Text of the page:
By Nadine Parmelee, Senior Quality Assurance Engineer
Throughout the different stages of the software lifecycle, bugs – or defects if you prefer – are written by many different people who have many different perspectives. Some of these bugs will bounce around between different individuals on a project team quite a few times while others will be processed quickly with little fuss. The defects that are most likely to cause the most activity usually exist because of unclear requirements or because of poorly written defect write-ups. The goal of a good bug report is to allow a developer to reproduce the problem. In this post, we’ll discuss poorly written bug write-ups and how we can make bugs into more effective tools.
Without clear requirements, people often make incorrect assumptions about what should happen in the project. In the same way, poorly written bug reports lead to assumptions about what and where the issue lies, and the project team wastes unnecessary time and money determining the real source of the problem. We’ve all seen these poorly written bug write-ups, some as vague as “feature x crashed” and others that are a convoluted mess of multiple issues. It’s not just developers who suffer when bug reports are written poorly; testers who have to test a “fixed” bug when there isn’t enough information will be left to guess whether the issue is truly fixed, often resulting in a back-and-forth between QA and Development. These multiple-issue bug reports can also throw off statistics for future estimates of testing or regression times. So, everyone on the project team benefits when the bug writer takes a little extra time to make sure the bug details are as clear and succinct as possible.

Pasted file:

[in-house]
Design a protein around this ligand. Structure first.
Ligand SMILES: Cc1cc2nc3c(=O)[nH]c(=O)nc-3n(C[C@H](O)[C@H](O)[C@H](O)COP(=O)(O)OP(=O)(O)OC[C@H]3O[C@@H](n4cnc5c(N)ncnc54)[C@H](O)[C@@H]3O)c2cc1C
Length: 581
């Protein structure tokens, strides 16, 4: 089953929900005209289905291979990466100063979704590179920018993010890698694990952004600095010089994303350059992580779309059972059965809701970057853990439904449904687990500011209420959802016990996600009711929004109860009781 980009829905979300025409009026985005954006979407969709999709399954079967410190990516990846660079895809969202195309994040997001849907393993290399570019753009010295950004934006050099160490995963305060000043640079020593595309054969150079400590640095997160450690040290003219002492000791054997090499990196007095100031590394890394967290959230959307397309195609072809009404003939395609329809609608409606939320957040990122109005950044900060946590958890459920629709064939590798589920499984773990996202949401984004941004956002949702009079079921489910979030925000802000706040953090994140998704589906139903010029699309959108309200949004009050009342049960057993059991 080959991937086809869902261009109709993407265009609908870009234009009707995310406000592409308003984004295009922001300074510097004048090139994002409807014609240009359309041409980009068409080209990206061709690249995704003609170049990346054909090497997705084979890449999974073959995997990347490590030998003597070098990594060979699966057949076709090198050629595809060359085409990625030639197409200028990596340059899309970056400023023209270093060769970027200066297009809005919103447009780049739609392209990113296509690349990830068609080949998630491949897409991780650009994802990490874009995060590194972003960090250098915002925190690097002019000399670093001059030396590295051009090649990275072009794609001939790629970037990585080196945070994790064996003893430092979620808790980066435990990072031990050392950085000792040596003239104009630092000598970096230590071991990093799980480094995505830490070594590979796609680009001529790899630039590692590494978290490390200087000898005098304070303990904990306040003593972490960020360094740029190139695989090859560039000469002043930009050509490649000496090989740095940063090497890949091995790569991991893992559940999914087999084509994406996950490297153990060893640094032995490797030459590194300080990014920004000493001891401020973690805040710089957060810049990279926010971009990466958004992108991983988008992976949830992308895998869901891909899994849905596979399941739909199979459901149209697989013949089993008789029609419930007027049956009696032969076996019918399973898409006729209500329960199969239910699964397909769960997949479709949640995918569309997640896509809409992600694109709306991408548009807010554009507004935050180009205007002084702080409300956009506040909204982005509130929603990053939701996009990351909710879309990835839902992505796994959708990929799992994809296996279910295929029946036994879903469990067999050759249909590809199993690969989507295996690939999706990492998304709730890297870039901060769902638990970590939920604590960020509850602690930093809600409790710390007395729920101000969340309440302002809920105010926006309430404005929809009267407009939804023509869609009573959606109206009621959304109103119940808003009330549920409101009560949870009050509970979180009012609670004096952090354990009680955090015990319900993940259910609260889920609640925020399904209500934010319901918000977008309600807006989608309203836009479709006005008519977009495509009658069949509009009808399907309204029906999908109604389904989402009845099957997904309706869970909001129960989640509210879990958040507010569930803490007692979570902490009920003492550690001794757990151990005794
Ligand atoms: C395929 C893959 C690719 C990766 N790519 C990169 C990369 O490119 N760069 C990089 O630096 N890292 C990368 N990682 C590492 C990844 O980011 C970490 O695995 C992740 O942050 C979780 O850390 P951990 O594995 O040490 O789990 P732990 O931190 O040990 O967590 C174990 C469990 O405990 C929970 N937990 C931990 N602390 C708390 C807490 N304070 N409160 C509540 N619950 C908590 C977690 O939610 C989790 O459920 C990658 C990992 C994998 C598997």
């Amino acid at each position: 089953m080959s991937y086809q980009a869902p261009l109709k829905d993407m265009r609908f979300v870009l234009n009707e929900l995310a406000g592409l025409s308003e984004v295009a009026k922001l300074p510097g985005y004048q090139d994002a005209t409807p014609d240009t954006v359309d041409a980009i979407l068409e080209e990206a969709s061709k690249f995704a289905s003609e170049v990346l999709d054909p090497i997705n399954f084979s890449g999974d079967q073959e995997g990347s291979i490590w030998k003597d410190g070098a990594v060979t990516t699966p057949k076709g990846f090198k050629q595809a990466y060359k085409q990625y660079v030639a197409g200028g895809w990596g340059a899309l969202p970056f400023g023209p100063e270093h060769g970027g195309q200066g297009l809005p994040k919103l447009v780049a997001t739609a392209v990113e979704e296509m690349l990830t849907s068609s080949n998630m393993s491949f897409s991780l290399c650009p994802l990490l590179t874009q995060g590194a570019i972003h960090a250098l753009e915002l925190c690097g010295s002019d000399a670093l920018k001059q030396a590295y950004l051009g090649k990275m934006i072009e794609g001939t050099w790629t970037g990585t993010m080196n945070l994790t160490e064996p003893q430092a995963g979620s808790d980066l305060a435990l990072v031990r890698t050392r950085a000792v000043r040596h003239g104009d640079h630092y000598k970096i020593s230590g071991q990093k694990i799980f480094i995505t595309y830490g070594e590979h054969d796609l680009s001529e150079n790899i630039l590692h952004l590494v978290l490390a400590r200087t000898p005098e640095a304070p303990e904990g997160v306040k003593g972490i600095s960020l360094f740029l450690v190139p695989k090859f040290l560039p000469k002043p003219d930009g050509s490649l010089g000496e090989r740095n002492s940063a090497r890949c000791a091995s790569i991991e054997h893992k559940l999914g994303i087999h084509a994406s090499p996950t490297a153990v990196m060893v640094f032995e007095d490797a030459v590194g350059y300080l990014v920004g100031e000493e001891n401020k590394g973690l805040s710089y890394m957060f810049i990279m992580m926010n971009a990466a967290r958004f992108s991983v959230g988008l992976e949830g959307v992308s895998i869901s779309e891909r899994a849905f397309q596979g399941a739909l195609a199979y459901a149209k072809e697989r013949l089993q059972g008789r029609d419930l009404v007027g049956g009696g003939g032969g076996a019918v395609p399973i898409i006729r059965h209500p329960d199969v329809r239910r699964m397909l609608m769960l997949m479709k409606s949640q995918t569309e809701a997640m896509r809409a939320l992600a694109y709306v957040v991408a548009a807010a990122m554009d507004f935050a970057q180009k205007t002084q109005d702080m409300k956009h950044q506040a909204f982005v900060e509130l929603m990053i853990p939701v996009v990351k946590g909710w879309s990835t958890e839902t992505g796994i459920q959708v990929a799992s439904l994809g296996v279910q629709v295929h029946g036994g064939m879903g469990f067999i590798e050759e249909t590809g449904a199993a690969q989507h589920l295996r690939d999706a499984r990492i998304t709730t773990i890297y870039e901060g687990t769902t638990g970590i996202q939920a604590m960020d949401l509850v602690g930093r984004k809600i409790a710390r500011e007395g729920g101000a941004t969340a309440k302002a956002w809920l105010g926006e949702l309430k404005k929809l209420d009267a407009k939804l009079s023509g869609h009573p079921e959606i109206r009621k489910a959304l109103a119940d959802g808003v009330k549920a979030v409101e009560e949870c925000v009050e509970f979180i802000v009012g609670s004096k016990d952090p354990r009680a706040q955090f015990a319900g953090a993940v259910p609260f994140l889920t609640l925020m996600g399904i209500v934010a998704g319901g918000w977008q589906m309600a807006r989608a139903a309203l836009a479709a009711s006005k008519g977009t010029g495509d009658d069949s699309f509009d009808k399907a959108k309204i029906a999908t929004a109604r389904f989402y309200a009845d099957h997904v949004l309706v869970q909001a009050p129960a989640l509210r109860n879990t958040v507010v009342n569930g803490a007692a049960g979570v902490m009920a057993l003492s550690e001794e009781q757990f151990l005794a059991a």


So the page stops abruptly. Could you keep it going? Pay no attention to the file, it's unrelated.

The basic elements of a good bug write-up are:
- Short descriptive summary
Good – “Cancelling from Change Password dialog caused application crash”
Bad – “Application crashed”
- Clearly stating where the problem occurs
If there are multiple areas where something can be done, be clear about which places the problem happens and which places the problem does NOT happen.
- Easily repeatable steps
- Clear actual results
- Clear expected results
- Keeping each write-up about a single specific issue
- Including all details pertinent to reproducing the bug
Specific browser being used if the issue is browser dependent, data points needed, user roles, etc.
- Excluding details that confuse the issue
While you may have gone to 15 other dialogs before the issue was encountered, keep the information to just the steps needed to reproduce the issue.
For all of us who write up bugs, it’s in our own best interest (as well as the interest of the development team that needs to get them fixed), to make sure we write them up well the first time so we don’t waste our own time resubmitting clarifications or steps that could easily have been there in the beginning. The product will be better, and that makes for delighted clients. Take a few extra moments to review your own write-up at the beginning to save everyone time later in the project.